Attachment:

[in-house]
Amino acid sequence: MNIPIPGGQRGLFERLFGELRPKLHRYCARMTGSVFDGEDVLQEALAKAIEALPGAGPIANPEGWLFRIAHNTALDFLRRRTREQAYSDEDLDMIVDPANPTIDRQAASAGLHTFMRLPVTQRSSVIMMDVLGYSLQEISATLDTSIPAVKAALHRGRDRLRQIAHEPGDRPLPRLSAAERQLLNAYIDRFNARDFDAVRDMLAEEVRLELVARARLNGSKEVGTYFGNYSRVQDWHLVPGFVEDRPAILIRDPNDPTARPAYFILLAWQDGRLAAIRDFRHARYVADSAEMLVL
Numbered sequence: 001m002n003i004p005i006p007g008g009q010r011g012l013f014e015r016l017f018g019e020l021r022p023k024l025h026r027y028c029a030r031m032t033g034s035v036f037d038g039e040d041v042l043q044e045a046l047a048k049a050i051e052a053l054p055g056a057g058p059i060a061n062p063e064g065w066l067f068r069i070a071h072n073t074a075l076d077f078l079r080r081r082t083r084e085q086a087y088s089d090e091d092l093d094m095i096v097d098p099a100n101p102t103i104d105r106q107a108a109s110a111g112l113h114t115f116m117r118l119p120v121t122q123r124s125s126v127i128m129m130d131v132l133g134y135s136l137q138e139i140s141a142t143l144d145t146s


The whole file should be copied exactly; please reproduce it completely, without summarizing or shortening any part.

[in-house]
Amino acid sequence: MNIPIPGGQRGLFERLFGELRPKLHRYCARMTGSVFDGEDVLQEALAKAIEALPGAGPIANPEGWLFRIAHNTALDFLRRRTREQAYSDEDLDMIVDPANPTIDRQAASAGLHTFMRLPVTQRSSVIMMDVLGYSLQEISATLDTSIPAVKAALHRGRDRLRQIAHEPGDRPLPRLSAAERQLLNAYIDRFNARDFDAVRDMLAEEVRLELVARARLNGSKEVGTYFGNYSRVQDWHLVPGFVEDRPAILIRDPNDPTARPAYFILLAWQDGRLAAIRDFRHARYVADSAEMLVL
Numbered sequence: 001m002n003i004p005i006p007g008g009q010r011g012l013f014e015r016l017f018g019e020l021r022p023k024l025h026r027y028c029a030r031m032t033g034s035v036f037d038g039e040d041v042l043q044e045a046l047a048k049a050i051e052a053l054p055g056a057g058p059i060a061n062p063e064g065w066l067f068r069i070a071h072n073t074a075l076d077f078l079r080r081r082t083r084e085q086a087y088s089d090e091d092l093d094m095i096v097d098p099a100n101p102t103i104d105r106q107a108a109s110a111g112l113h114t115f116m117r118l119p120v121t122q123r124s125s126v127i128m129m130d131v132l133g134y135s136l137q138e139i140s141a142t143l144d145t146s